Dandruff: Who Gets It?

What Causes Dandruff?

Dandruff is certainly unsightly and it can be a cause for concern. Is it just a result of poor hygiene? Or is there a medical reason for dandruff, so that the sufferer "can't help" but have it?

The answer isn't so simple. While doctors don't know exactly what causes dandruff, we do know it is a very common condition that affects nearly everyone at some point in their lives. It's not the result of a bacterial or fungal infection (like the misnomer "ringworm" of the scalp). Some potential causes for dandruff have been suggested, including increased oil production of the skin, increases in certain skin secretions, and increased numbers of normal skin yeasts, but the exact cause of dandruff has never been established.

There are also many factors that may trigger dandruff. Common factors that may trigger dandruff include:

  • weather conditions,
  • a suppressed immune system, stress, and
  • yes, poor hygiene with infrequent hair washing.

How Can I Avoid Dandruff?

While it isn't contagious, dandruff does tend to run in families, suggesting a genetic vulnerability in some people. Those with unusually severe cases of dandruff often have chronic medical conditions.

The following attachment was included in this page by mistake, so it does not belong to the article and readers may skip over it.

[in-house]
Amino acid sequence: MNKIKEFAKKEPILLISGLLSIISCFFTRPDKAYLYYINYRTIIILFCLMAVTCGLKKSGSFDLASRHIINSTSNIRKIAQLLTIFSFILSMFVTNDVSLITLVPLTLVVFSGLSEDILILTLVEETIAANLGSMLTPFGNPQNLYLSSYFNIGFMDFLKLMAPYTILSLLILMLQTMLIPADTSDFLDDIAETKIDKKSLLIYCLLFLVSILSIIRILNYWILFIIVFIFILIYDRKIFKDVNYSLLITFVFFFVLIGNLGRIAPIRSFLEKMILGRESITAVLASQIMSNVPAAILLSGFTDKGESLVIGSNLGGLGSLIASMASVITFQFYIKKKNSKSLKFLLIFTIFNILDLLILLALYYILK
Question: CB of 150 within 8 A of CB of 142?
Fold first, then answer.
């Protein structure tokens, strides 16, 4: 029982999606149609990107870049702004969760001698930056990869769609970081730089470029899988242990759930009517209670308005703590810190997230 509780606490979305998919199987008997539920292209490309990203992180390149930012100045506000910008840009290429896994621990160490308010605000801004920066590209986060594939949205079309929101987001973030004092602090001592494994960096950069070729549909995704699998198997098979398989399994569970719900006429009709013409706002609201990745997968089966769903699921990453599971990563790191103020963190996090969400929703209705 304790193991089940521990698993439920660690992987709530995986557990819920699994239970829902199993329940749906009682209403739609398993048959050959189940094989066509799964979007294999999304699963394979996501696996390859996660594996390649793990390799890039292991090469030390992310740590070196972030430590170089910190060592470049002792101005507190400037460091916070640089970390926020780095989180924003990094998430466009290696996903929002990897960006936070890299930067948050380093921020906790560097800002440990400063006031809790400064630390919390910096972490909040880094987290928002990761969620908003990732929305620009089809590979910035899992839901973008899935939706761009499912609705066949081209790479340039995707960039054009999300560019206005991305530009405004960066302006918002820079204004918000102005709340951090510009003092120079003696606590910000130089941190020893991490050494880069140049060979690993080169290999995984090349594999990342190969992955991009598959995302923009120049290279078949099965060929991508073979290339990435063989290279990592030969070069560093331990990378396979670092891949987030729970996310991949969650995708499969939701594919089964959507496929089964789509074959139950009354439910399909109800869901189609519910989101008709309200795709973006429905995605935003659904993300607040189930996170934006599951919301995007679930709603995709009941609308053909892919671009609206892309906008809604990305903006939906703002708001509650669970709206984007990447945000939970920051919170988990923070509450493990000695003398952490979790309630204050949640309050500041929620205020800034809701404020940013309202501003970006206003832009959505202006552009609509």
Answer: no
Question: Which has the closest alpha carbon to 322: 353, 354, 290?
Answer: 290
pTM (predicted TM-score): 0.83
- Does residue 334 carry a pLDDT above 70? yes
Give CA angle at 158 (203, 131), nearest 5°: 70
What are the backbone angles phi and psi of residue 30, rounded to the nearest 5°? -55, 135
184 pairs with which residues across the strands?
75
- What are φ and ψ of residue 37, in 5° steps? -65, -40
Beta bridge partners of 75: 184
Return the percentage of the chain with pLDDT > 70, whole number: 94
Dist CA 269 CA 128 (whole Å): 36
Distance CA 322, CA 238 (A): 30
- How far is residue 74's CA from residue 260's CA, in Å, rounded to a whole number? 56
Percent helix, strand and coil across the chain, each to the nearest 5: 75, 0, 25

Most cases of dandruff can be well controlled with proper hygienic practices that include appropriate shampooing products. However, this doesn't mean that a few flakes won't be visible from time to time in a susceptible person despite meticulous grooming practices and proper anti-dandruff care. For moderate to severe cases that do not respond to typical dandruff shampoos, a variety of prescription creams and shampoos are available. Very rare and severe cases may even be treated with a short-term course of oral steroid medications. Your doctor can help you decide what level of dandruff care is necessary for your individual case.

So can a person "help it" if they have dandruff? A genetically susceptible person may not be able to prevent having it, but for most people, good skin and hair hygiene will help prevent flares of dandruff and reduce its unsightly symptoms.

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Medically reviewed by Norman Levine, MD; American Board of Dermatology


"Seborrheic dermatitis in adolescents and adults"